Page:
• Apr 20, 2007
You don't need no stinkin' Volvo to experience BLIS(s) -- for 2008, the Buick Lucerne is fitted with lane departure and blind-spot warning systems. The Lucerne offers classic GM big-sedan ethos, with lots of content, wide, cushy seats and restrained, handsome styling. Now, when you're motorvating down the interstate, listening to your Buick 8, an amber lamp will illuminate in the gauge cluster, and a chime will toll three times to indicate you're about to encroach on someone else's road space. If one of the ever present morons on the road decides to hang out in your blind spot, the Lucerne uses proximity sensors behind the rear fascia to detect the car and warn you with an indicator in the side mirror. Buick's safety gear will also be offered on Cadillac's STS and DTS, making GM Luxury that much safer. Now if they could just develop a "blinker on for the last 60 miles" warning system, or a "stay the hell out of the fast lane if you're doing 53 1/2 MPH" light in the cluster, we'd be good. Okay, okay, we'll admit, the stereotyping is stale. Maybe we're just mellowing with time, but we appreciate the merits of a Lucerne.

[Source: Edmunds]


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    • 1 Second Ago
  • 17 Comments
      • 7 Years Ago
      #8: Completely unnecessary, sorry to say. Modern mirrors can be set to ELIMINATE BLINDSPOTS.

      A lot of people like to watch half the side of their car in their mirror, and then wonder why they need to stick a stupid convex mirror on to see. Does one really need to see the side of his car all the time?

      I forgot the exact name... but just Google around for it, set your mirrors like that, and thank me later =) heh


      Regarding the article, I think technology like this should be integrated across all vehicles. Even with the way I set my mirrors, there *are* times when something happens, and you lose your mind for a second, and narrowly avoid a collision as you casually turn your head to notice that for some reason, you've missed a car that's still there (to a great degree of embarrasment).
      DriftPunch
      • 7 Years Ago
      Good technology, but wouldn't a KISS solution be to integrate a convex mirror into the unit (not as "stuck on" looking as the cheap yet effective ones seen on many pickups)?

      Editorial: A recent ad by Volvo is touting their collision detection and warning system. Does the 'alarm', not sound like the early '80s Simon game? You'd think a 60K vehicle would have a more elegant alarm.
      mike
      • 7 Years Ago
      ok, yeah, lets make signals illegal so this way you have no clue where the car in front of you is headed. great idea. but anyway, as long as this stuff when it trickles down to the chevys and pontiacs stays optional , im all for it. its not necessary in my book and not something i want to be forced to pay for.
      • 7 Years Ago
      I sincerely hope this thing can "see" motorcycles, or I anticipate some very interesting lawsuits. This is an awesome feature if it works well, but once people start relying on external sensors they'll stop looking around and if the system fails...yikes.
      • 7 Years Ago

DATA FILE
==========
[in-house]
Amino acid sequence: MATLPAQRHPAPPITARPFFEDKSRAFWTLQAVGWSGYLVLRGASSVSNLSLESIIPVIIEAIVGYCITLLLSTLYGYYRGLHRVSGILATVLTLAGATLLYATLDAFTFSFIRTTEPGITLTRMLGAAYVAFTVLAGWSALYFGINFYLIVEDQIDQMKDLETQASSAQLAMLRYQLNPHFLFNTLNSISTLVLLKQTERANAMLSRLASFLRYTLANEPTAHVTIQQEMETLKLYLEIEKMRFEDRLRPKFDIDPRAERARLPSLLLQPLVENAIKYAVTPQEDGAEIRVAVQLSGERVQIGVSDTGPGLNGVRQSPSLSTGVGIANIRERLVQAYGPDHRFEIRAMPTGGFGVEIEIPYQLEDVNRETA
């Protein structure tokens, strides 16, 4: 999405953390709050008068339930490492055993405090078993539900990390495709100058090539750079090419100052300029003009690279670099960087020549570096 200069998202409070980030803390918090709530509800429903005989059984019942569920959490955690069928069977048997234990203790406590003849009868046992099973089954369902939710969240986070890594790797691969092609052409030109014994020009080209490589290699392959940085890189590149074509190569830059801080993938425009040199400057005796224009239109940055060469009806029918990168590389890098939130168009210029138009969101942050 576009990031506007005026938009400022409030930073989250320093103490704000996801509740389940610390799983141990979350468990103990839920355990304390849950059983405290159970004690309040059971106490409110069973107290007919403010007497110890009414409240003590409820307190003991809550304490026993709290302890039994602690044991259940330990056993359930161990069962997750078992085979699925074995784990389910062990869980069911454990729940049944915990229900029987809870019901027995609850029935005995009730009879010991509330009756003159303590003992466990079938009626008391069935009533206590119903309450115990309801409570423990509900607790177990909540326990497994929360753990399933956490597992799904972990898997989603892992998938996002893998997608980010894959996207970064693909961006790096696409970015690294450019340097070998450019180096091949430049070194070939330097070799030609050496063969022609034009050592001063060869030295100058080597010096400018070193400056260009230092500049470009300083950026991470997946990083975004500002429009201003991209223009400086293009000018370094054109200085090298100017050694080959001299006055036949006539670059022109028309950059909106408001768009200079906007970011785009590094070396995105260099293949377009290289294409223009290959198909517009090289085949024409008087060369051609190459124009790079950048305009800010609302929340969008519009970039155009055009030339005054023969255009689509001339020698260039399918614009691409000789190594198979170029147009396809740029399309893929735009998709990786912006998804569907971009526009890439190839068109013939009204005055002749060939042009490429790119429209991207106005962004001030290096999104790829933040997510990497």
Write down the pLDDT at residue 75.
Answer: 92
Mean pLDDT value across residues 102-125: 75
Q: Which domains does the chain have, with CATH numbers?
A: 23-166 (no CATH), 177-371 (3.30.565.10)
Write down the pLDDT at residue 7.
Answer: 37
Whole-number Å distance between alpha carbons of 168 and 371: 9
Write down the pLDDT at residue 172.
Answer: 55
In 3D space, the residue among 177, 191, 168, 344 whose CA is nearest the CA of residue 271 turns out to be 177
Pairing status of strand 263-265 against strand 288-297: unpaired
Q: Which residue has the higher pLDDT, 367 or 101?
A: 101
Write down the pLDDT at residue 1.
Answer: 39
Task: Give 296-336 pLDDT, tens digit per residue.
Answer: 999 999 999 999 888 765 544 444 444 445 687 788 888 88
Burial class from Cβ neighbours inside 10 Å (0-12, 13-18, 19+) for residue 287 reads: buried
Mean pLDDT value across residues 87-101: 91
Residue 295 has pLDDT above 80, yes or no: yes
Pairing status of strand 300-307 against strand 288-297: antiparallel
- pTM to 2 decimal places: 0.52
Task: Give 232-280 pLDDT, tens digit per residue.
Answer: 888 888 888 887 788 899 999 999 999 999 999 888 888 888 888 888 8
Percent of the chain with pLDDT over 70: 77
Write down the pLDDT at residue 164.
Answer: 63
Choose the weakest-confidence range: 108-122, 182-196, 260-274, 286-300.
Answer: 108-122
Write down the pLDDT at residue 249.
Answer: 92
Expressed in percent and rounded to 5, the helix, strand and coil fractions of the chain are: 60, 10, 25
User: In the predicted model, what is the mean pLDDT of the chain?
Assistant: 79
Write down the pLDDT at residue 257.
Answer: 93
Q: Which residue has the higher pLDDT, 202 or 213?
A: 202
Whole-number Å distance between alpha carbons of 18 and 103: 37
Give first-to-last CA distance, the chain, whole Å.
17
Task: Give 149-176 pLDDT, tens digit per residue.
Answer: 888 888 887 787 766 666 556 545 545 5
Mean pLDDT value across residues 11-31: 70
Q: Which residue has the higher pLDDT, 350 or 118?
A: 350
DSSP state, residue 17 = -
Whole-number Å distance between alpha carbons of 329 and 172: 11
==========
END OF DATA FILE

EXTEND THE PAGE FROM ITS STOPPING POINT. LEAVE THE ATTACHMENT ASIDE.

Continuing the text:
To # 5.

      I liked the idea to make the flashers optionals.I think, Mike, those 25% are a bit exagerated...may be 10% or even less....use them.

      Hopefully the stop signal is still mandatory and not human-dependant!
      • 7 Years Ago
      #13: "I will buy the first car advertised and manufactured as the car with the least amount of computer gimmicks legally and technically possible."

      It's called the Chevy Aveo.
      • 7 Years Ago
      Set the factory mirrors properlyt and you won't have blind-spot problems. The mirrors on my truck are angled so that the blind spots are eliminated - and by the time the neighboring vehicle is out of the mirrors, they're beside me and I can see them.
      • 7 Years Ago
      #65 Not even the break lights are used by 100%, few weeks ago almost hit the rear of an old Chevy Kadett, the car didn't have break lights...

      Gratz to GM, is always nice to see these features getting out of concept cars.
      • 7 Years Ago
      Good effort, but why depend on expensive technology?

      When there already exists a no-tech solution to this problem. And, that's why all these techno solutions bother me ... as I would like to see the solution below standard on all vehicles:

      No-blind-spot-mirror available / default on some European cars at least. It has a slight curve towards the outer edge of the side mirrors, eliminating the blind spot between the traditional mirror and a drivers peripheral view. With a little dotted line indicating where the tapered edge starts.

      No power, no computer, no malfunction, no warnings, no alarms.
      Plain and simple. A mirror with a curved outer edge.
      • 7 Years Ago
      I will buy the first car advertised and manufactured as the car with the least amount of computer gimmicks legally and technically possible.
      • 7 Years Ago
      "No-blind-spot-mirror available / default on some European cars at least. It has a slight curve towards the outer edge of the side mirrors, eliminating the blind spot
      ------

      Side-reducing mirrors are great. Apparently, they do not meet standards for US cars. Perhaps they think US drivers are too stupid to learn how to use them.

      Us old Volvo guys just special order the glass with the proper part number and put them in ourselves. They get better headlights elsewhere, as well.
      • 7 Years Ago
      Is it engaged at all times or only above a certain speed? I can see the usefullness on the Interstate but it would be constantly beeping in regular traffic.
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